You're reading NPR's weekly roundup of education news.

New rules on college campus sexual assault and harassment

Editor's note: This story contains some disturbing details that may be upsetting.

Since the deadly Camp Fire barreled into the Northern California town of Paradise, Jim Knaver, who is in his 60s, has barely slept or eaten. The elementary school teacher's days have been consumed by visits to evacuation centers and hospitals as he searches for his 67-year-old disabled wife.

A year ago, Facebook started using artificial intelligence to scan people's accounts for danger signs of imminent self-harm.

Facebook Global Head of Safety Antigone Davis is pleased with the results so far.

"In the very first month when we started it, we had about 100 imminent-response cases," which resulted in Facebook contacting local emergency responders to check on someone. But that rate quickly increased.

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When San Francisco's Alcatraz prison was completed in 1934, it was believed to be impenetrable.

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UNIDENTIFIED PERSON #1: (Unintelligible).

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Screenwriter William Goldman died last night at the age of 87. He's responsible for the scripts for more than 30 movies, including classics like "Butch Cassidy And The Sundance Kid" and "The Princess Bride." NPR's Neda Ulaby has our remembrance.

Washington, D.C., got its first snowfall of the season this week. And at Smithsonian's National Zoo, at least one animal was really, really excited about it.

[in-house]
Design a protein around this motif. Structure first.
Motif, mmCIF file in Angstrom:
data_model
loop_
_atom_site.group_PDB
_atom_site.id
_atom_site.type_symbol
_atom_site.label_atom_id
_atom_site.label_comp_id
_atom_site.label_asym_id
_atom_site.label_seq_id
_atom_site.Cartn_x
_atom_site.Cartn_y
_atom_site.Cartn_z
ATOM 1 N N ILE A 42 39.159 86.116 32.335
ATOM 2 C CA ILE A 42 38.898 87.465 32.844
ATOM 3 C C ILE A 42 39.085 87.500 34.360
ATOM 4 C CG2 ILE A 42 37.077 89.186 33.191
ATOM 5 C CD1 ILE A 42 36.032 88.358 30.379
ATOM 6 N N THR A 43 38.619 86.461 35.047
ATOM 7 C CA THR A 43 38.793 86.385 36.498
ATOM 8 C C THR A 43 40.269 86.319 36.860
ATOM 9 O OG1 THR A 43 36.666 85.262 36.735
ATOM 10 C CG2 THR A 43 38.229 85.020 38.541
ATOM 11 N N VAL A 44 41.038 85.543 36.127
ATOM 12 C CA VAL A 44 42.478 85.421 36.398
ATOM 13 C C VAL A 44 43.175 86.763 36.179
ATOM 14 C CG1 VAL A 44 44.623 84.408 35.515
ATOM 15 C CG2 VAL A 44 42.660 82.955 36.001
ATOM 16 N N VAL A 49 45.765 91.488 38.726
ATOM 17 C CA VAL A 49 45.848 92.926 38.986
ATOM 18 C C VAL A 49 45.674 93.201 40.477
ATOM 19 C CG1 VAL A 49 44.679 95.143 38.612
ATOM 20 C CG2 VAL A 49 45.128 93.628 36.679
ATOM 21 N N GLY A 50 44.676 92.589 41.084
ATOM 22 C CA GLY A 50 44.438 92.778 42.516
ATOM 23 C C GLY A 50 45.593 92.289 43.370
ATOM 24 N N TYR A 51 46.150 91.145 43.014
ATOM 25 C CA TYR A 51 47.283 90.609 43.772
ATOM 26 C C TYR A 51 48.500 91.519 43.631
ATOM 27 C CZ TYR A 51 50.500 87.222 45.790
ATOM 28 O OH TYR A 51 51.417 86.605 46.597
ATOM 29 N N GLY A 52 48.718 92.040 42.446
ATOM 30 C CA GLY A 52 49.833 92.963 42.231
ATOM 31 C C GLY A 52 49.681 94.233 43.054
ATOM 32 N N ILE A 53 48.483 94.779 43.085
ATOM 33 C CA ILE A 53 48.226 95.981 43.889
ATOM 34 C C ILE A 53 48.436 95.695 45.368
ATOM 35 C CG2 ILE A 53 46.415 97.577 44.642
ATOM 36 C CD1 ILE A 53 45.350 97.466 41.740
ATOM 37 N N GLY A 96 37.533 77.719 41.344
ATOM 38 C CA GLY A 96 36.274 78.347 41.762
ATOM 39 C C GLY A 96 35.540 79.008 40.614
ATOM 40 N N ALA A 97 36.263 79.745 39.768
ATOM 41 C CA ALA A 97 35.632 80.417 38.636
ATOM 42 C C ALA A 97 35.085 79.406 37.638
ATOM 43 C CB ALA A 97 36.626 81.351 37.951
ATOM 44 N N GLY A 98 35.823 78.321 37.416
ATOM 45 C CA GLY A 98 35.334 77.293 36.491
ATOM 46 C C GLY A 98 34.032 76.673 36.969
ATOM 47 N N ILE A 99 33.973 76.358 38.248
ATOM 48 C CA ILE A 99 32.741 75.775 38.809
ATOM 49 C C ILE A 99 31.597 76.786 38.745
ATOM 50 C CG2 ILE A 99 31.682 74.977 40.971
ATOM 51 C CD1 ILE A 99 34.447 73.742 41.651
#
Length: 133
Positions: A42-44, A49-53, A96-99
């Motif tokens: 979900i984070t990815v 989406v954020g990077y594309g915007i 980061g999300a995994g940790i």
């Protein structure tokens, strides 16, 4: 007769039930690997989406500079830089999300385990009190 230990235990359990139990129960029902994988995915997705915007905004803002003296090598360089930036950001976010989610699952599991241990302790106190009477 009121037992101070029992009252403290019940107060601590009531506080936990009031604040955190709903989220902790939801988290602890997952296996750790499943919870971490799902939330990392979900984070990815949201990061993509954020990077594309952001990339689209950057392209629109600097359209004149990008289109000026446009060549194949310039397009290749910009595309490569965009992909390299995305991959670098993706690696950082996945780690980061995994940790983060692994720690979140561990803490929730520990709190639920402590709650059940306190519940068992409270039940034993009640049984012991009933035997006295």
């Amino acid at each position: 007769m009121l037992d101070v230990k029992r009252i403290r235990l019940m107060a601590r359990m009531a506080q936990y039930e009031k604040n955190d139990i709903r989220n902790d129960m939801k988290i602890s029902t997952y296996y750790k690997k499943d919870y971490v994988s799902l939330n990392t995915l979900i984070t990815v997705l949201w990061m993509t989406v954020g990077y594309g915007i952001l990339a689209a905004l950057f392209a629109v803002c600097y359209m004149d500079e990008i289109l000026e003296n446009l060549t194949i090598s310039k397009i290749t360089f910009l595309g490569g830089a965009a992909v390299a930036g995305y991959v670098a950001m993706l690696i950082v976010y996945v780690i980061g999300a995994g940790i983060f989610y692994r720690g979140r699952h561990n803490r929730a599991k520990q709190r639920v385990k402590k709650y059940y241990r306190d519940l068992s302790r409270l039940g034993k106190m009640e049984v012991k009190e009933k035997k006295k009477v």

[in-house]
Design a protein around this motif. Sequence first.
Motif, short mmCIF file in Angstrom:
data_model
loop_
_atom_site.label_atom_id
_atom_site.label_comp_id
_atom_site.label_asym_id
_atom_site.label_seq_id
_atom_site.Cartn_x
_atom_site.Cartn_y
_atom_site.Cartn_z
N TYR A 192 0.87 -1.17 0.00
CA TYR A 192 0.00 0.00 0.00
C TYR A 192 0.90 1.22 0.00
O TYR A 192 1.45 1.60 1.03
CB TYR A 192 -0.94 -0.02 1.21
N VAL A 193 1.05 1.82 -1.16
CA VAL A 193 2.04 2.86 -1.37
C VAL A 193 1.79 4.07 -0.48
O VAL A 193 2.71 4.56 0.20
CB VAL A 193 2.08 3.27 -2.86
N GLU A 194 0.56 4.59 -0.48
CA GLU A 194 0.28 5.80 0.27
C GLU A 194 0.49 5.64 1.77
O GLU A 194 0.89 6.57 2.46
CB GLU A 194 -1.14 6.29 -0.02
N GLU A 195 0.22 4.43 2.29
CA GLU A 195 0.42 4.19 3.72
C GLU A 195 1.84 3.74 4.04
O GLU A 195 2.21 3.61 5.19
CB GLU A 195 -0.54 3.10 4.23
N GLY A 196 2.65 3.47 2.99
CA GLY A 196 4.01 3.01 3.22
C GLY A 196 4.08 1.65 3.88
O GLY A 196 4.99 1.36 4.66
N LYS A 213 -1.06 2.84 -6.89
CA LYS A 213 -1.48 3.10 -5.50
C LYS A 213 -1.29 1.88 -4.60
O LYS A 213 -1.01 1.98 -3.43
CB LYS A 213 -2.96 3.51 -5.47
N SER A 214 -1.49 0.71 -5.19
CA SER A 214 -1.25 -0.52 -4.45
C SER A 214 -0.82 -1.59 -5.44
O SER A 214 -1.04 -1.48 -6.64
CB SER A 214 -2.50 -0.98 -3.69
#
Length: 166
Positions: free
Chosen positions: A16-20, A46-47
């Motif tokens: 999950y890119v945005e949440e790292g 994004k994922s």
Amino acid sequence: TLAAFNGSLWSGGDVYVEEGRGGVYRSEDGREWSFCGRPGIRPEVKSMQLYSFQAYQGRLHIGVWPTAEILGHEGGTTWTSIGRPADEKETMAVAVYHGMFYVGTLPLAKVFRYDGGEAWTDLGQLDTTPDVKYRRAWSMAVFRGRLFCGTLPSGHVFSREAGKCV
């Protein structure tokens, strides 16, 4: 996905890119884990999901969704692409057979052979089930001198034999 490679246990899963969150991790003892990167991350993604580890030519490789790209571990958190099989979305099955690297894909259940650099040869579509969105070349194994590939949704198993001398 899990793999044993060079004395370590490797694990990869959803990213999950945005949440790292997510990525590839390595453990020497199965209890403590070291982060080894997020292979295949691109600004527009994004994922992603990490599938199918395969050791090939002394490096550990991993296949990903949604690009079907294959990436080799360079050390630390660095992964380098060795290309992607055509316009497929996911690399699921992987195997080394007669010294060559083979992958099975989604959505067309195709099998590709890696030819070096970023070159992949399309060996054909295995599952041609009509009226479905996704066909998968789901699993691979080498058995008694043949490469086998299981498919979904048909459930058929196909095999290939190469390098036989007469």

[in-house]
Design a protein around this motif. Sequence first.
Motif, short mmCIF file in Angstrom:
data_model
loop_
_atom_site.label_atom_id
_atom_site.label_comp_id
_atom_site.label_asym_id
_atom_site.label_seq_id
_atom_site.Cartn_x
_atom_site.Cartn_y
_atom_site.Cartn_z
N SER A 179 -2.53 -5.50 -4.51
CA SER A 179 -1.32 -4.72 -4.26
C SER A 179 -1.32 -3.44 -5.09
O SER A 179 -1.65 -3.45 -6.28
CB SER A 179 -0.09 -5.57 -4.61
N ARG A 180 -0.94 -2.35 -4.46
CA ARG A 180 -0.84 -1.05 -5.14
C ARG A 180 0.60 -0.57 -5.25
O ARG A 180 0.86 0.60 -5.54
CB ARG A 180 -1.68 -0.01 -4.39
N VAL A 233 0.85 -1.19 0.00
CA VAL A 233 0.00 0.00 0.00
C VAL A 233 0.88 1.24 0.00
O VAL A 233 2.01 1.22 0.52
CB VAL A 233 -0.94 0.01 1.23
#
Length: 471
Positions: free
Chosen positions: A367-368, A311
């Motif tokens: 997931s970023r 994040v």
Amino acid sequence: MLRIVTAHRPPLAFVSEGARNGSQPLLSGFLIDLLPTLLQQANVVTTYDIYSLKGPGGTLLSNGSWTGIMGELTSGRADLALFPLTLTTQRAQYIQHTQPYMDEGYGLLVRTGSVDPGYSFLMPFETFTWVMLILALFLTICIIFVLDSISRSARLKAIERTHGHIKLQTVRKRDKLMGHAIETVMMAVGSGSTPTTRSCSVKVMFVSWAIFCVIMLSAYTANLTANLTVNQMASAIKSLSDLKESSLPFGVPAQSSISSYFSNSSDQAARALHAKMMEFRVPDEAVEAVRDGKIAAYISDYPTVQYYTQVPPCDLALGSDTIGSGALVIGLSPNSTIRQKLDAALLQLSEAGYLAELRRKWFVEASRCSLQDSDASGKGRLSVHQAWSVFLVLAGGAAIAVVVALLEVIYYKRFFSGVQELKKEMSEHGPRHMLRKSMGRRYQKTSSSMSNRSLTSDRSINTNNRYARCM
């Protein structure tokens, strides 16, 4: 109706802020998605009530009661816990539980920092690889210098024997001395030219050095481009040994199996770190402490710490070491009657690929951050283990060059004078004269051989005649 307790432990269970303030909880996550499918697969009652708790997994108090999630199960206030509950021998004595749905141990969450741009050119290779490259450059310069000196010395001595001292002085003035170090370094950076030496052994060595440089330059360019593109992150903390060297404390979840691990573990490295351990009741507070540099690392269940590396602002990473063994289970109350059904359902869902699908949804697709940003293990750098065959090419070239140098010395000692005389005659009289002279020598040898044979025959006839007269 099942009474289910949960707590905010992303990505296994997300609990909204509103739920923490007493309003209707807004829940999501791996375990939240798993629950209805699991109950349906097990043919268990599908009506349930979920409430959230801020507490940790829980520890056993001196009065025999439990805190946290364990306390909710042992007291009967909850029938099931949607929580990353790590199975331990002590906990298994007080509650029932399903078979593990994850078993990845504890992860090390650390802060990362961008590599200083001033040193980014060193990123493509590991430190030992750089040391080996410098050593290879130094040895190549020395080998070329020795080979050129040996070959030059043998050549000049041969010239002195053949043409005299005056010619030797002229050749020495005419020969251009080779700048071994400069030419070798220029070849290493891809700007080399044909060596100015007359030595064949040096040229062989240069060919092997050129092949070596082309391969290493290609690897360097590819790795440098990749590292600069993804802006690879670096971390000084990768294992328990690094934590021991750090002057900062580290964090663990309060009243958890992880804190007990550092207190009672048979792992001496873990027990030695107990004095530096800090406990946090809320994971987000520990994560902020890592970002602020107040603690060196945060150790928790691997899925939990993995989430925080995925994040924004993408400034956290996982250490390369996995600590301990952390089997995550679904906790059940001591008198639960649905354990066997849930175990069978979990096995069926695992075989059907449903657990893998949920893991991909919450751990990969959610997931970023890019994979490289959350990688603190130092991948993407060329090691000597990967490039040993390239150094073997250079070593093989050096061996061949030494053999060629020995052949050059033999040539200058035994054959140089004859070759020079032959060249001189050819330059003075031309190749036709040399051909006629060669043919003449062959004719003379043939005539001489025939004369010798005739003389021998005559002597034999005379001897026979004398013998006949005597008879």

On an afternoon last September, a string of explosions suddenly hit Merrimack Valley, Mass. At least five homes were destroyed and a person was killed. More than 20 others were injured.

Federal investigators say they have now pinpointed what caused the sudden explosions on Sept. 13 — a natural gas company field engineer made a major mistake in the plans he developed for construction work that happened earlier that day, resulting in a disastrous chain reaction.

Texas' Board of Education voted Friday to change the way its students learn about the Civil War. Beginning in the 2019-2020 school year, students will be taught that slavery played a "central role" in the war.

The state's previous social studies standards listed three causes for the Civil War: sectionalism, states' rights and slavery, in that order. In September, the board's Democrats proposed listing slavery as the only cause.

Jennie-O Turkey is recalling over 91,000 pounds of ground turkey in connection to one illness from salmonella.

The strain involved has been linked to a yearlong outbreak of 164 cases of illness, including one death, in 35 states. The USDA has said more product recalls from different companies could follow.

The first illnesses related to the strain began in November of last year, according to a CDC investigation.